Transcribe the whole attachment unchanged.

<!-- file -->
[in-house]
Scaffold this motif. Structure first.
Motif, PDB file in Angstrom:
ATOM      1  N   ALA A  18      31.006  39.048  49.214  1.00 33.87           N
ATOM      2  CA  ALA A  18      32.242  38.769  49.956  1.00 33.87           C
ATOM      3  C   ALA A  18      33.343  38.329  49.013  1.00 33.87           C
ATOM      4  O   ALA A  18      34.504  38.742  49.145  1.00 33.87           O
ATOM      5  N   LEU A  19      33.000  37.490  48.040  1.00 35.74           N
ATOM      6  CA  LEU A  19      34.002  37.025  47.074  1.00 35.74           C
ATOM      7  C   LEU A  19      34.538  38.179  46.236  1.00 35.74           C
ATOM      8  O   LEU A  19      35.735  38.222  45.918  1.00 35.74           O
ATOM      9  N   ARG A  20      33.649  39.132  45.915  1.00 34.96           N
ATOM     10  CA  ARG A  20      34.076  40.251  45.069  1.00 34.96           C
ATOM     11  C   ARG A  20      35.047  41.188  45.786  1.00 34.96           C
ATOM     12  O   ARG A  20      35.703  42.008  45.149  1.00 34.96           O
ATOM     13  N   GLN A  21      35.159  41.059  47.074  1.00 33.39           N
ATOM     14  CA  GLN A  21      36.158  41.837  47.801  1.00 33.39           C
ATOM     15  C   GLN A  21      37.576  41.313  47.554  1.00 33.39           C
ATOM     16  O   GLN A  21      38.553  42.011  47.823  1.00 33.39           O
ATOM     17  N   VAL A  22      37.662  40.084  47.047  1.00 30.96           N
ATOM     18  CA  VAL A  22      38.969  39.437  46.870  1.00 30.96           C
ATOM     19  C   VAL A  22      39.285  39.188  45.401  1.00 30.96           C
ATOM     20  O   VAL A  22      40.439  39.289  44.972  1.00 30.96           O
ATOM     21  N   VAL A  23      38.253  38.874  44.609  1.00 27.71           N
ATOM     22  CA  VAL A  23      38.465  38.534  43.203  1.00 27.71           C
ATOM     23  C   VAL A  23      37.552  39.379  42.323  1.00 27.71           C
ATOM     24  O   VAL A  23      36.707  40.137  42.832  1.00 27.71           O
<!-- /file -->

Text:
[in-house]
Scaffold this motif. Structure first.
Motif, PDB file in Angstrom:
ATOM      1  N   ALA A  18      31.006  39.048  49.214  1.00 33.87           N
ATOM      2  CA  ALA A  18      32.242  38.769  49.956  1.00 33.87           C
ATOM      3  C   ALA A  18      33.343  38.329  49.013  1.00 33.87           C
ATOM      4  O   ALA A  18      34.504  38.742  49.145  1.00 33.87           O
ATOM      5  N   LEU A  19      33.000  37.490  48.040  1.00 35.74           N
ATOM      6  CA  LEU A  19      34.002  37.025  47.074  1.00 35.74           C
ATOM      7  C   LEU A  19      34.538  38.179  46.236  1.00 35.74           C
ATOM      8  O   LEU A  19      35.735  38.222  45.918  1.00 35.74           O
ATOM      9  N   ARG A  20      33.649  39.132  45.915  1.00 34.96           N
ATOM     10  CA  ARG A  20      34.076  40.251  45.069  1.00 34.96           C
ATOM     11  C   ARG A  20      35.047  41.188  45.786  1.00 34.96           C
ATOM     12  O   ARG A  20      35.703  42.008  45.149  1.00 34.96           O
ATOM     13  N   GLN A  21      35.159  41.059  47.074  1.00 33.39           N
ATOM     14  CA  GLN A  21      36.158  41.837  47.801  1.00 33.39           C
ATOM     15  C   GLN A  21      37.576  41.313  47.554  1.00 33.39           C
ATOM     16  O   GLN A  21      38.553  42.011  47.823  1.00 33.39           O
ATOM     17  N   VAL A  22      37.662  40.084  47.047  1.00 30.96           N
ATOM     18  CA  VAL A  22      38.969  39.437  46.870  1.00 30.96           C
ATOM     19  C   VAL A  22      39.285  39.188  45.401  1.00 30.96           C
ATOM     20  O   VAL A  22      40.439  39.289  44.972  1.00 30.96           O
ATOM     21  N   VAL A  23      38.253  38.874  44.609  1.00 27.71           N
ATOM     22  CA  VAL A  23      38.465  38.534  43.203  1.00 27.71           C
ATOM     23  C   VAL A  23      37.552  39.379  42.323  1.00 27.71           C
ATOM     24  O   VAL A  23      36.707  40.137  42.832  1.00 27.71           O